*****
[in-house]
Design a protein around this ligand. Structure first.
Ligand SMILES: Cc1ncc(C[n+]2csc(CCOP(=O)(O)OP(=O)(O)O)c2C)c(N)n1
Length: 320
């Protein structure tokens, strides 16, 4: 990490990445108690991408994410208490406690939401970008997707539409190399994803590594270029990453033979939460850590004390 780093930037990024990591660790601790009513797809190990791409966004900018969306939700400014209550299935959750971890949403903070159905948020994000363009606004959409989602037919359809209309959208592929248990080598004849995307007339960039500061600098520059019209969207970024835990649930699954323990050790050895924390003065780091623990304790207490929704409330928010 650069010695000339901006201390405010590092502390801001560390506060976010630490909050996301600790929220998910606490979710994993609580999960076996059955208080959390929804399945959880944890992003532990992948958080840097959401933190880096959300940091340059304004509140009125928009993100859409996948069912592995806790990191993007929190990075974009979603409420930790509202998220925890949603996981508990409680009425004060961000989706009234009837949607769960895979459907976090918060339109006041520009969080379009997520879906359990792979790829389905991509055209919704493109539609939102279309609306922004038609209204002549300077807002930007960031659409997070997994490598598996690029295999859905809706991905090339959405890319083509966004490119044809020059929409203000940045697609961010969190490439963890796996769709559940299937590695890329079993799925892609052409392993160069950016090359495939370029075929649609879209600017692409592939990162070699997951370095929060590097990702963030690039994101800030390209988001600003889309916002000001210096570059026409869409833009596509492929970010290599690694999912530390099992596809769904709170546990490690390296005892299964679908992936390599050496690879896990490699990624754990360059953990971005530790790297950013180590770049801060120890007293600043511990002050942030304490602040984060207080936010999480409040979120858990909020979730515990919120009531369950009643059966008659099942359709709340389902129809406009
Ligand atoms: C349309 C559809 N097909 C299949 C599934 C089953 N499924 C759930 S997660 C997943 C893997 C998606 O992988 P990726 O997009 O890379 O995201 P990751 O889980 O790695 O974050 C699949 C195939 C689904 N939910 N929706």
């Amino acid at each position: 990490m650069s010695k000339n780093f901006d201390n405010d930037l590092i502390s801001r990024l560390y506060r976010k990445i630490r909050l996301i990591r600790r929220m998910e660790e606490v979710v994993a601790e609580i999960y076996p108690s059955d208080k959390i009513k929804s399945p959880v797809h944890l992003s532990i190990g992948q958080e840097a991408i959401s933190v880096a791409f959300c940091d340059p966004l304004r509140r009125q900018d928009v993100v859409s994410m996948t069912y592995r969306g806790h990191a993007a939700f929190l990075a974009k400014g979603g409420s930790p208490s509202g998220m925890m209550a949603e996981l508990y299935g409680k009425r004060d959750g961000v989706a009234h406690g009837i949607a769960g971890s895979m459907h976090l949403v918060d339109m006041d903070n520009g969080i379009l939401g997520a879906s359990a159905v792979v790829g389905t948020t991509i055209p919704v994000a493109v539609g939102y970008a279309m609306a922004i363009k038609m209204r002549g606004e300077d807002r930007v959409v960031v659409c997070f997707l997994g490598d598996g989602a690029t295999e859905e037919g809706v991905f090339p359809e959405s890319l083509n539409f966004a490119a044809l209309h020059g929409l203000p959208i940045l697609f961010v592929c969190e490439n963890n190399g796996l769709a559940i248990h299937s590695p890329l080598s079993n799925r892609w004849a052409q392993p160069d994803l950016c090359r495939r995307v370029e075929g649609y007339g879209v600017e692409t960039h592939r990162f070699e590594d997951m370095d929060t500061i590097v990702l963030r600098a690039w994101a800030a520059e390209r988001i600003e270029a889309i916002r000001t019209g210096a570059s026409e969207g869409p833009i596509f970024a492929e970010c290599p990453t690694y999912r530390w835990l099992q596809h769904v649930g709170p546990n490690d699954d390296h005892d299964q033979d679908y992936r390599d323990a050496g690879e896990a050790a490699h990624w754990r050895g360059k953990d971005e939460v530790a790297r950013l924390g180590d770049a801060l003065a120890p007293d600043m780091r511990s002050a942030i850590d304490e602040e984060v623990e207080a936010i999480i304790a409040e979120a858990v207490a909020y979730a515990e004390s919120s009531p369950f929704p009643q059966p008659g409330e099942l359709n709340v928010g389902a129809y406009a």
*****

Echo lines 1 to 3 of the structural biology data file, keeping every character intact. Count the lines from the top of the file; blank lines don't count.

[in-house]
Design a protein around this ligand. Structure first.
Ligand SMILES: Cc1ncc(C[n+]2csc(CCOP(=O)(O)OP(=O)(O)O)c2C)c(N)n1